Jennifer Lopez Criticized the NFL Having 2 Headliners For the Super Bowl Halftime Show: ‘The Worst Idea in the World’

Jennifer Lopez and Shakira took over the Super Bowl halftime show in 2020 and delivered an unforgettable party that paid homage to Latin culture. But in the lead-up to the highly-anticipated event, Lopez was less-than-thrilled about having to share the headliner spot with another major artist.

Super Bowl halftime show performer Jennifer Lopez
Jennifer Lopez | Theo Wargo/WireImage

Jennifer Lopez and Shakira co-headlined the 2020 Super Bowl halftime show

J. Lo’s creative process in bringing her Super Bowl halftime show to life was highlighted in her 2022 Netflix documentary Halftime. The decision for the NFL to hire two Latinas to perform for the halftime show in the midst of its publicity nightmare following its treatment of Colin Kaepernick upset everyone involved, including J. Lo and her team.

“Typically you have one headliner at a Super Bowl,” her longtime manager, Benny Medina, said in the documentary. “That headliner constructs the show, and should they choose to have other guests, that’s their choice.”

“It was an insult to say you need two Latinas to do the job that one artist historically has done.”

Jennifer Lopez thought it was ‘the worst idea in the world’ to have 2 headliners

During the film, Lopez is on the phone with Shakira as they figure out how exactly they’re going to split up their limited time on stage between the two of them.

“If it was gonna be a double headliner, they should’ve given us 20 minutes,” Lopez said honestly. “That’s what they should’ve f***ing done.”

“This is the worst idea in the world, to have two people do the Super Bowl,” she later griped during the show creation process. “It was the worst idea in the world.”

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The NFL wanted J. Lo to change her show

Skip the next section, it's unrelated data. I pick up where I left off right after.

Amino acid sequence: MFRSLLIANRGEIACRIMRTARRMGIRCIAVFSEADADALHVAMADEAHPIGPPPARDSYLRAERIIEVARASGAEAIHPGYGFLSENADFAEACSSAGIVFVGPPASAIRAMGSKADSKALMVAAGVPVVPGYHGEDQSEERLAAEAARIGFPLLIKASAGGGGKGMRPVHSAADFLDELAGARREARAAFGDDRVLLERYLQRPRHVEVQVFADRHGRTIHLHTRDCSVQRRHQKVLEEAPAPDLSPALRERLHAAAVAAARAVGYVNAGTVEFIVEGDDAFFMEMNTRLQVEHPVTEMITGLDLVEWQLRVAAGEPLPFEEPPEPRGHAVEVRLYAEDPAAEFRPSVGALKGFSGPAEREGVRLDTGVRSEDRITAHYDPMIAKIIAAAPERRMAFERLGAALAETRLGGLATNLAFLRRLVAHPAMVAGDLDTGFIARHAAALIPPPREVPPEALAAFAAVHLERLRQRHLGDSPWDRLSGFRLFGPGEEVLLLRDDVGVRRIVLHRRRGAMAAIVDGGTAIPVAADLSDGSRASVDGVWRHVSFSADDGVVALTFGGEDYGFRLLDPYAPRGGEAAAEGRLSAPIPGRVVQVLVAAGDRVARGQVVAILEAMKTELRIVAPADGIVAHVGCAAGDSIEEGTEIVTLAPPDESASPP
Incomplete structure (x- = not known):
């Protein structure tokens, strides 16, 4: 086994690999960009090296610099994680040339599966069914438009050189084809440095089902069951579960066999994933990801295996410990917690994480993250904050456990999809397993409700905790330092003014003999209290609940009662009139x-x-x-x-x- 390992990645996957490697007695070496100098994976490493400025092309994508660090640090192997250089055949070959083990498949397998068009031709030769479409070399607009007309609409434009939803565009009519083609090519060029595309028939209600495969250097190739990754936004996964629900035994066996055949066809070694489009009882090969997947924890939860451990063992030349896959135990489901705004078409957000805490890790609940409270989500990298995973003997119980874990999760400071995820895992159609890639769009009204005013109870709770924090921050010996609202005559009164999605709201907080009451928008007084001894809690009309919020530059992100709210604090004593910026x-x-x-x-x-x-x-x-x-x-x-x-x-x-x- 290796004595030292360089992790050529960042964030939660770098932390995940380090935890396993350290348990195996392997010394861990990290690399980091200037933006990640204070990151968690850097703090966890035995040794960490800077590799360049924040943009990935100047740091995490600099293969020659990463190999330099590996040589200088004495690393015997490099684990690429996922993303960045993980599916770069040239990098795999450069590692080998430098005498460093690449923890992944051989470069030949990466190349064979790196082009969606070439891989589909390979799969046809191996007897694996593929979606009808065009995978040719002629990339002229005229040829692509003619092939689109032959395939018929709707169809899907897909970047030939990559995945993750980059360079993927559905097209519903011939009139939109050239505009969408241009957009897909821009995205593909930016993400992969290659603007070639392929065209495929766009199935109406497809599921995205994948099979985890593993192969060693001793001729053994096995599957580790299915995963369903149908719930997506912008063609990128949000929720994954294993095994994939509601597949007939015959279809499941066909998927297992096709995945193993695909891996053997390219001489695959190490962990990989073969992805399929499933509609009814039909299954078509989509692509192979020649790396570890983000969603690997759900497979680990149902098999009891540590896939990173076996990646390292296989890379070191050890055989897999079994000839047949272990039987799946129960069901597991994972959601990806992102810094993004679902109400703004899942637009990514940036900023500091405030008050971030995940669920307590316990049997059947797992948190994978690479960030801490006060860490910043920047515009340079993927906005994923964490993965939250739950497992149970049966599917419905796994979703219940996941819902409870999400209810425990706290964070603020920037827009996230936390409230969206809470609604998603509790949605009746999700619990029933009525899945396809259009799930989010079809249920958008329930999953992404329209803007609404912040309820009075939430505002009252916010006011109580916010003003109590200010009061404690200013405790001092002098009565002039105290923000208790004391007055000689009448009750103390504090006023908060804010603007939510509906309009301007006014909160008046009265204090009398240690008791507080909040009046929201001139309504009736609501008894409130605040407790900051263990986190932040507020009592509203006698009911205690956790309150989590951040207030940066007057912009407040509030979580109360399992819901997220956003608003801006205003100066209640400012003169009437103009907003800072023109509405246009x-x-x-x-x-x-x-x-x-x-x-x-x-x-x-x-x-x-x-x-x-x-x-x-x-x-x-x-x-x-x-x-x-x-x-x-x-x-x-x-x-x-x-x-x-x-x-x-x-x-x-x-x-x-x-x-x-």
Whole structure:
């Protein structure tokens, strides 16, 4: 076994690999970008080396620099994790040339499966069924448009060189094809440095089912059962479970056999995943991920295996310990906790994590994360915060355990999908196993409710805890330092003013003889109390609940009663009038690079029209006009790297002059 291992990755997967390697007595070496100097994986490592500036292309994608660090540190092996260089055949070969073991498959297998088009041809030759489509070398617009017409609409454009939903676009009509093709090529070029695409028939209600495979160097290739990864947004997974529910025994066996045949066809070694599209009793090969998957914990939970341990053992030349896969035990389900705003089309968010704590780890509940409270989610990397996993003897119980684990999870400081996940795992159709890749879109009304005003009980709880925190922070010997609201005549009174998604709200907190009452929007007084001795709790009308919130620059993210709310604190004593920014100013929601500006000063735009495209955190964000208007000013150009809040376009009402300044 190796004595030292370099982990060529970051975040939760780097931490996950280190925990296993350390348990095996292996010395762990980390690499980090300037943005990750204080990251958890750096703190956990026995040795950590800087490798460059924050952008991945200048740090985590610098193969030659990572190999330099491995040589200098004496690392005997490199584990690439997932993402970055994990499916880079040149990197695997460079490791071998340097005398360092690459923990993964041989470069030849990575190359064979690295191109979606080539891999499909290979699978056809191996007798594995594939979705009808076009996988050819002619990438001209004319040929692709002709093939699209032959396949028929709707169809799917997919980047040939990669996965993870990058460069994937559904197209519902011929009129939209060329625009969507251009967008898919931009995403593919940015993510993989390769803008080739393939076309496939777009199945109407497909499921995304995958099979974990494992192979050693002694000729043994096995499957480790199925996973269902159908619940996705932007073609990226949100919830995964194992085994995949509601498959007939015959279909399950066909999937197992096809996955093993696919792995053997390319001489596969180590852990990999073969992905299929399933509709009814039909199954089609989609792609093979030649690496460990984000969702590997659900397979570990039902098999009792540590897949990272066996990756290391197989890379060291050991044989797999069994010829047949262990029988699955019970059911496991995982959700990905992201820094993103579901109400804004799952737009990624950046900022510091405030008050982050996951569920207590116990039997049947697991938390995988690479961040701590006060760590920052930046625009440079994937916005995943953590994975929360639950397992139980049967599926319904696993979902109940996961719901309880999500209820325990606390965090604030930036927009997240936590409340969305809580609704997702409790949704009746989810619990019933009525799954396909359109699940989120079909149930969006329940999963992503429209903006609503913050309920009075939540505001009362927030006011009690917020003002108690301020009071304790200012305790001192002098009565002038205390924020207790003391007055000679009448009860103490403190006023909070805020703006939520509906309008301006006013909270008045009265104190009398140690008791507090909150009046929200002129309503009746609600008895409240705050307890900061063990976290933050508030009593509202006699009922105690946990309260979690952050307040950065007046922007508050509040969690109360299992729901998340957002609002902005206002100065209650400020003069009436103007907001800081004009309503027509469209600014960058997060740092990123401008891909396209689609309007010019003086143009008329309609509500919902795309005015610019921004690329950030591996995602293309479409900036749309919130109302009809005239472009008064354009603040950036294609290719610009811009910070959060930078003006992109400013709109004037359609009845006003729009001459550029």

The NFL forcing two stars to share the stage was only one of several issues J. Lo had with the league. The day before the show, they tried to get Lopez to remove the infamous cages from her performance, which was an overt criticism of the Trump administration’s immigration policies.

“We left rehearsal and I noticed everybody was freaking out, but I don’t know why,” Lopez recalled. “I get a call from Benny and he’s like, ‘They want to pull the cages.’ That night, the higher-ups at the NFL saw it for the first time and they’re like, ‘Hey, you can’t do that.’”

“The NFL had a real concern about making a political statement about immigration,” Medina explained. “They looked at the plans, and the message was absolute. They did not want those cages in the show. That had come down from the highest authority.”

But Lopez remained firm in her commitment to making a statement. 

“For me, this isn’t about politics, this is about human rights,” she said. “I’m facing the biggest crossroads of my life, to be able to perform on the world’s biggest stage, but to take out the cages and sacrifice what I believe in would be like never being there at all.”

“There was a part of me that just got very zen, and I was just like, ‘Benny, I don’t care what you have to do, we’re not changing the show. The Super Bowl is tomorrow and we’re not changing anything.’”

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